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Health Perception Changes of State Employees Following a Health Screening Event

Helen C Pervanas, Matthew A Silva, Kristine C Willett, Maryann R Cooper, Cheryl Durand, Paul Belliveau, and Cheryl Abel

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Background: Health screenings can identify patients at risk for chronic medical conditions. Additionally, screenings may influence behavior changes as depicted by the Health Belief Model.

Objective: To examine the perceptions of state employees regarding their health and risk for medical conditions, assess whether unexpected or abnormal screening results will impact perceptions, and identify barriers to scheduling an annual physical examination.

methods: State employees participated in screenings for diabetes, dyslipidemia, and osteoporosis. Participants were asked to complete a pre- and post-survey. Pre-survey questions gathered information on demographics, chronic medical conditions, perception of overall health, and willingness to have an annual physical examination. The post-survey assessed self-health perceptions based on screening results, their risk for chronic medical conditions, and the likelihood that the screening results would encourage scheduling a provider appointment.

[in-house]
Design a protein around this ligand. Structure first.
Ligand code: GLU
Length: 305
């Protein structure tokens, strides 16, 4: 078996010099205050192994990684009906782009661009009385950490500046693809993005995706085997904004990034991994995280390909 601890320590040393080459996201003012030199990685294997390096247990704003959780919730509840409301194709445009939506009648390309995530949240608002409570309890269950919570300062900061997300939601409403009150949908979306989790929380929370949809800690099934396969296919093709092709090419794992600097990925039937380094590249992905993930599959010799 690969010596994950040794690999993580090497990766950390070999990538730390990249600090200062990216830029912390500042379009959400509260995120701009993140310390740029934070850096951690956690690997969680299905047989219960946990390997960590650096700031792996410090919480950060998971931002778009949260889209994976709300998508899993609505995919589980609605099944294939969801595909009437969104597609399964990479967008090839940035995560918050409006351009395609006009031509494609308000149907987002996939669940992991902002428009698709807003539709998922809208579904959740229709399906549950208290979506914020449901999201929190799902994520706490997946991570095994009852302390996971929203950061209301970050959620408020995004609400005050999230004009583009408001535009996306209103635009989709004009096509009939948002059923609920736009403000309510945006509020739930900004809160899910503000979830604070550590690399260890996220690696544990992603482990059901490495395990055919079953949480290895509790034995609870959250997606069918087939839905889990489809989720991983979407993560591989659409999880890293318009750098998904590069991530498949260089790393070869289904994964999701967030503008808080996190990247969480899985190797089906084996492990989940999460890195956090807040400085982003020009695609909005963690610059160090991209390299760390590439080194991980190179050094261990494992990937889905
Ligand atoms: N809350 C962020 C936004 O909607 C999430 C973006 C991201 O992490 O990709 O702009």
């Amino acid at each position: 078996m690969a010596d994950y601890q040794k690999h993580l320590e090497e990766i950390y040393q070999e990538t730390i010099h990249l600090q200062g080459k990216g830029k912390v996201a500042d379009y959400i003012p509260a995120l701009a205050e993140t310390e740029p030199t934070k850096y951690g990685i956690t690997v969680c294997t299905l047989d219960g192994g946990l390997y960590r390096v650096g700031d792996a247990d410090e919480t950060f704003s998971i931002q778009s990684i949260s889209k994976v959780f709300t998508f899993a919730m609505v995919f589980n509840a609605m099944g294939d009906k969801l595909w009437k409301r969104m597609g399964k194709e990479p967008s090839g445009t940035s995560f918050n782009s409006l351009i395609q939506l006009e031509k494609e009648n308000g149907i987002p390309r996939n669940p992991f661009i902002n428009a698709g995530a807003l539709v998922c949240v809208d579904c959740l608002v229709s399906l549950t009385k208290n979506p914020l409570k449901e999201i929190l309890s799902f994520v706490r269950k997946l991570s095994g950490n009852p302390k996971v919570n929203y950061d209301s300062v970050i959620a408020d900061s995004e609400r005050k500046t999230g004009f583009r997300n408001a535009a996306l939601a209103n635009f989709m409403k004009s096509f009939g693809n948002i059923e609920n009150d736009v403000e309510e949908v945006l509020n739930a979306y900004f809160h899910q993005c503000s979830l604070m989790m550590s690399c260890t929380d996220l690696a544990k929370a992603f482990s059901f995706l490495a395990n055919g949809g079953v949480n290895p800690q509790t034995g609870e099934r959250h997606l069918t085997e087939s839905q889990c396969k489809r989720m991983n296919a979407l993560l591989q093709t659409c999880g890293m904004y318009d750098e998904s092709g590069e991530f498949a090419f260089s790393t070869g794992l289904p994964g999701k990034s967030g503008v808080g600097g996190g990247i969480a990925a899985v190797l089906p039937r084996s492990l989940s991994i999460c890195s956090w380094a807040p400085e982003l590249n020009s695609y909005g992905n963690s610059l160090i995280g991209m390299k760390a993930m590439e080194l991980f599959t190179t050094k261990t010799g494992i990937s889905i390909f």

results: One hundred twenty-six of 128 (98.4%) employees completed the survey. Thirty-five percent of employees had cholesterol levels >200 mg/dL and 23% had T-scores less than or equal to –1.0. When asked about preexisting medical conditions, 40% of those with elevated cholesterol levels reported that they had high cholesterol, and 5% with low T-scores stated that they had osteoporosis. Following the screenings 54% and 55% responded that they were at risk for high cholesterol (p = 0.02) and osteoporosis (p < 0.001), respectively. Participants who reported having had no annual physical examination but who planned to schedule a visit as a result of their screening had a higher total cholesterol level than those who reported annual physical examinations prior to the screening (207 ± 42.6 mg/dL vs 189 ± 33.2 mg/dL; p = 0.03).

CONCLUSIONS: Health screenings increased awareness of dyslipidemia and osteoporosis among state employees. Higher than normal cholesterol results influenced health perceptions and encouraged respondents to schedule a provider visit.

J Pharm Technol 2012;28:47-50

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